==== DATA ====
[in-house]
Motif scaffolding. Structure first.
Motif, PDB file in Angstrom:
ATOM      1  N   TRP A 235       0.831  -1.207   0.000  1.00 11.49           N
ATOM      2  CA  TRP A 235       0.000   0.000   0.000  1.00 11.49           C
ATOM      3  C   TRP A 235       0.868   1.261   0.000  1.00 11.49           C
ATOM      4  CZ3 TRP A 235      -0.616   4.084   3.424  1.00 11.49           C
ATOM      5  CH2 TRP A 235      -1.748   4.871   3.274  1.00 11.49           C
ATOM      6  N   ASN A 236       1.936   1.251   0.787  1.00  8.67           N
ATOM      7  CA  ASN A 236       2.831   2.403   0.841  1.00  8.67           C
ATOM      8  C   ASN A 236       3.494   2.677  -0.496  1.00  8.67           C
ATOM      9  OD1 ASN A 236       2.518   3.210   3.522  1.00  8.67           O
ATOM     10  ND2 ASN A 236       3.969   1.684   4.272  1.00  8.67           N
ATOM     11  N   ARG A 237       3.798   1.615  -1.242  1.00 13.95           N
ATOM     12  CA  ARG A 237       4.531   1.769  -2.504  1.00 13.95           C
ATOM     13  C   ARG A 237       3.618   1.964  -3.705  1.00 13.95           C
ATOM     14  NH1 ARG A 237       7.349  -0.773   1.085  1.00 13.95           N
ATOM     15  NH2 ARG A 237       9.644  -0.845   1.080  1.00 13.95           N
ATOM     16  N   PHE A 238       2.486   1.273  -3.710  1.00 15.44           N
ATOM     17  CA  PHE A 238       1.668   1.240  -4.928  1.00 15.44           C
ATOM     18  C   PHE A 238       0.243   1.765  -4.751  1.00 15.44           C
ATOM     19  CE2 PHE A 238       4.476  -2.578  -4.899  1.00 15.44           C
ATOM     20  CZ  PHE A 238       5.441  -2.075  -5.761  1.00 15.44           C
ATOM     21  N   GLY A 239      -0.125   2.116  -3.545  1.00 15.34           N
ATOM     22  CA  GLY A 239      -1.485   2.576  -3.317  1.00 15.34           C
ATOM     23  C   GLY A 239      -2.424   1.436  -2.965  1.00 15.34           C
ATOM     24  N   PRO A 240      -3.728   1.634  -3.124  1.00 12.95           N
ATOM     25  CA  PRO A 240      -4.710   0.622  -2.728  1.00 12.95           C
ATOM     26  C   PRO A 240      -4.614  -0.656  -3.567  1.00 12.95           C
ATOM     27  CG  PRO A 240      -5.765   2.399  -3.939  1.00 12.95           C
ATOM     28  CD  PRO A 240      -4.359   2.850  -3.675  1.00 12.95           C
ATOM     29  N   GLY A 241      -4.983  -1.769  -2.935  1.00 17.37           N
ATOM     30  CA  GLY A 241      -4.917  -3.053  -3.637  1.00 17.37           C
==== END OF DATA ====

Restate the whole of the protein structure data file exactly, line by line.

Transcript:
[in-house]
Motif scaffolding. Structure first.
Motif, PDB file in Angstrom:
ATOM      1  N   TRP A 235       0.831  -1.207   0.000  1.00 11.49           N
ATOM      2  CA  TRP A 235       0.000   0.000   0.000  1.00 11.49           C
ATOM      3  C   TRP A 235       0.868   1.261   0.000  1.00 11.49           C
ATOM      4  CZ3 TRP A 235      -0.616   4.084   3.424  1.00 11.49           C
ATOM      5  CH2 TRP A 235      -1.748   4.871   3.274  1.00 11.49           C
ATOM      6  N   ASN A 236       1.936   1.251   0.787  1.00  8.67           N
ATOM      7  CA  ASN A 236       2.831   2.403   0.841  1.00  8.67           C
ATOM      8  C   ASN A 236       3.494   2.677  -0.496  1.00  8.67           C
ATOM      9  OD1 ASN A 236       2.518   3.210   3.522  1.00  8.67           O
ATOM     10  ND2 ASN A 236       3.969   1.684   4.272  1.00  8.67           N
ATOM     11  N   ARG A 237       3.798   1.615  -1.242  1.00 13.95           N
ATOM     12  CA  ARG A 237       4.531   1.769  -2.504  1.00 13.95           C
ATOM     13  C   ARG A 237       3.618   1.964  -3.705  1.00 13.95           C
ATOM     14  NH1 ARG A 237       7.349  -0.773   1.085  1.00 13.95           N
ATOM     15  NH2 ARG A 237       9.644  -0.845   1.080  1.00 13.95           N
ATOM     16  N   PHE A 238       2.486   1.273  -3.710  1.00 15.44           N
ATOM     17  CA  PHE A 238       1.668   1.240  -4.928  1.00 15.44           C
ATOM     18  C   PHE A 238       0.243   1.765  -4.751  1.00 15.44           C
ATOM     19  CE2 PHE A 238       4.476  -2.578  -4.899  1.00 15.44           C
ATOM     20  CZ  PHE A 238       5.441  -2.075  -5.761  1.00 15.44           C
ATOM     21  N   GLY A 239      -0.125   2.116  -3.545  1.00 15.34           N
ATOM     22  CA  GLY A 239      -1.485   2.576  -3.317  1.00 15.34           C
ATOM     23  C   GLY A 239      -2.424   1.436  -2.965  1.00 15.34           C
ATOM     24  N   PRO A 240      -3.728   1.634  -3.124  1.00 12.95           N
ATOM     25  CA  PRO A 240      -4.710   0.622  -2.728  1.00 12.95           C
ATOM     26  C   PRO A 240      -4.614  -0.656  -3.567  1.00 12.95           C
ATOM     27  CG  PRO A 240      -5.765   2.399  -3.939  1.00 12.95           C
ATOM     28  CD  PRO A 240      -4.359   2.850  -3.675  1.00 12.95           C
ATOM     29  N   GLY A 241      -4.983  -1.769  -2.935  1.00 17.37           N
ATOM     30  CA  GLY A 241      -4.917  -3.053  -3.637  1.00 17.37           C